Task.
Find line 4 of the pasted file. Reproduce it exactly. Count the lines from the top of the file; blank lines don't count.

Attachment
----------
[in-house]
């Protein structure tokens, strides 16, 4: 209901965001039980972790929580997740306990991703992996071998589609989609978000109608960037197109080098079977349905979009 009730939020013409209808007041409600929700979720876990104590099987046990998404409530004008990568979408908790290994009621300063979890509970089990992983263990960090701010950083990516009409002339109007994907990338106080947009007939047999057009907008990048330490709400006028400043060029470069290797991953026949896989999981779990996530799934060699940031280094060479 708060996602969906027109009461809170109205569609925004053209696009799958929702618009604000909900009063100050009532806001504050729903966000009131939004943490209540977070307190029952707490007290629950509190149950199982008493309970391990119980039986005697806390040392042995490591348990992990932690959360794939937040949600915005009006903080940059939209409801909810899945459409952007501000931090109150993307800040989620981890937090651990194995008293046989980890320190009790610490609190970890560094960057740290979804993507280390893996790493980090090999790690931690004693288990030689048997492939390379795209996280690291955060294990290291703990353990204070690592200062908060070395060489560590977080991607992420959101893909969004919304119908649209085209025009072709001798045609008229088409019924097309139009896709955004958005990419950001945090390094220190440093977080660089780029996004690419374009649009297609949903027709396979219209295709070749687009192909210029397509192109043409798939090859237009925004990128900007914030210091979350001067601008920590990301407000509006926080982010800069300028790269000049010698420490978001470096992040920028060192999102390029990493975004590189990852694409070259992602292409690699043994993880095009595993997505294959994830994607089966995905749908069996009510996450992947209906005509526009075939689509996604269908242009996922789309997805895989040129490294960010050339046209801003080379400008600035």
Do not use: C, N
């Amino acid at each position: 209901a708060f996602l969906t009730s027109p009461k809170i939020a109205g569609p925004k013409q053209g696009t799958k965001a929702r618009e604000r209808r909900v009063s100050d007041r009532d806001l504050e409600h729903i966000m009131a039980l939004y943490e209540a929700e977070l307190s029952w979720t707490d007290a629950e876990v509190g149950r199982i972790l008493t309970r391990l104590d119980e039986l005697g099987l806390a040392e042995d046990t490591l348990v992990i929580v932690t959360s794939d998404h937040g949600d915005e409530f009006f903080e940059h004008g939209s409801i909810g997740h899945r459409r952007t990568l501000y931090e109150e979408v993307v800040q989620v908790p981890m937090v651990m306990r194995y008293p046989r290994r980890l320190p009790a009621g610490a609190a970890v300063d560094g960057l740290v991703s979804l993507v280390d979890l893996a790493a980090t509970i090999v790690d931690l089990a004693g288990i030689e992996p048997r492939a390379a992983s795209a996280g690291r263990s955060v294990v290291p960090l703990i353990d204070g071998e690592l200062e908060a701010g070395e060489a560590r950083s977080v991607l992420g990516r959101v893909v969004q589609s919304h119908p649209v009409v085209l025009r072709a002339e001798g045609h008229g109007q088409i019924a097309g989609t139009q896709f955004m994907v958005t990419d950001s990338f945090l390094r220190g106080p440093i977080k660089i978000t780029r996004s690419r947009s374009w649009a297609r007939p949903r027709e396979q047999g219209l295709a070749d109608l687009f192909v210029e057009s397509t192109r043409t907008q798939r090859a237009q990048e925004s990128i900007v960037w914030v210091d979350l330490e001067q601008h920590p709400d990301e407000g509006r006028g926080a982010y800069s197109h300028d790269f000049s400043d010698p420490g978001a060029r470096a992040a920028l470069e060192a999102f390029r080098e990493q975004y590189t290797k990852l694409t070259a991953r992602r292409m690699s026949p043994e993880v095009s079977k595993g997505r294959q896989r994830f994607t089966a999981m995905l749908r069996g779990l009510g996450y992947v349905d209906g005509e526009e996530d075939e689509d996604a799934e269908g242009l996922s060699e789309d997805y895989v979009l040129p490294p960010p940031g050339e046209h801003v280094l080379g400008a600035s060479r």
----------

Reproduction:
């Amino acid at each position: 209901a708060f996602l969906t009730s027109p009461k809170i939020a109205g569609p925004k013409q053209g696009t799958k965001a929702r618009e604000r209808r909900v009063s100050d007041r009532d806001l504050e409600h729903i966000m009131a039980l939004y943490e209540a929700e977070l307190s029952w979720t707490d007290a629950e876990v509190g149950r199982i972790l008493t309970r391990l104590d119980e039986l005697g099987l806390a040392e042995d046990t490591l348990v992990i929580v932690t959360s794939d998404h937040g949600d915005e409530f009006f903080e940059h004008g939209s409801i909810g997740h899945r459409r952007t990568l501000y931090e109150e979408v993307v800040q989620v908790p981890m937090v651990m306990r194995y008293p046989r290994r980890l320190p009790a009621g610490a609190a970890v300063d560094g960057l740290v991703s979804l993507v280390d979890l893996a790493a980090t509970i090999v790690d931690l089990a004693g288990i030689e992996p048997r492939a390379a992983s795209a996280g690291r263990s955060v294990v290291p960090l703990i353990d204070g071998e690592l200062e908060a701010g070395e060489a560590r950083s977080v991607l992420g990516r959101v893909v969004q589609s919304h119908p649209v009409v085209l025009r072709a002339e001798g045609h008229g109007q088409i019924a097309g989609t139009q896709f955004m994907v958005t990419d950001s990338f945090l390094r220190g106080p440093i977080k660089i978000t780029r996004s690419r947009s374009w649009a297609r007939p949903r027709e396979q047999g219209l295709a070749d109608l687009f192909v210029e057009s397509t192109r043409t907008q798939r090859a237009q990048e925004s990128i900007v960037w914030v210091d979350l330490e001067q601008h920590p709400d990301e407000g509006r006028g926080a982010y800069s197109h300028d790269f000049s400043d010698p420490g978001a060029r470096a992040a920028l470069e060192a999102f390029r080098e990493q975004y590189t290797k990852l694409t070259a991953r992602r292409m690699s026949p043994e993880v095009s079977k595993g997505r294959q896989r994830f994607t089966a999981m995905l749908r069996g779990l009510g996450y992947v349905d209906g005509e526009e996530d075939e689509d996604a799934e269908g242009l996922s060699e789309d997805y895989v979009l040129p490294p960010p940031g050339e046209h801003v280094l080379g400008a600035s060479r």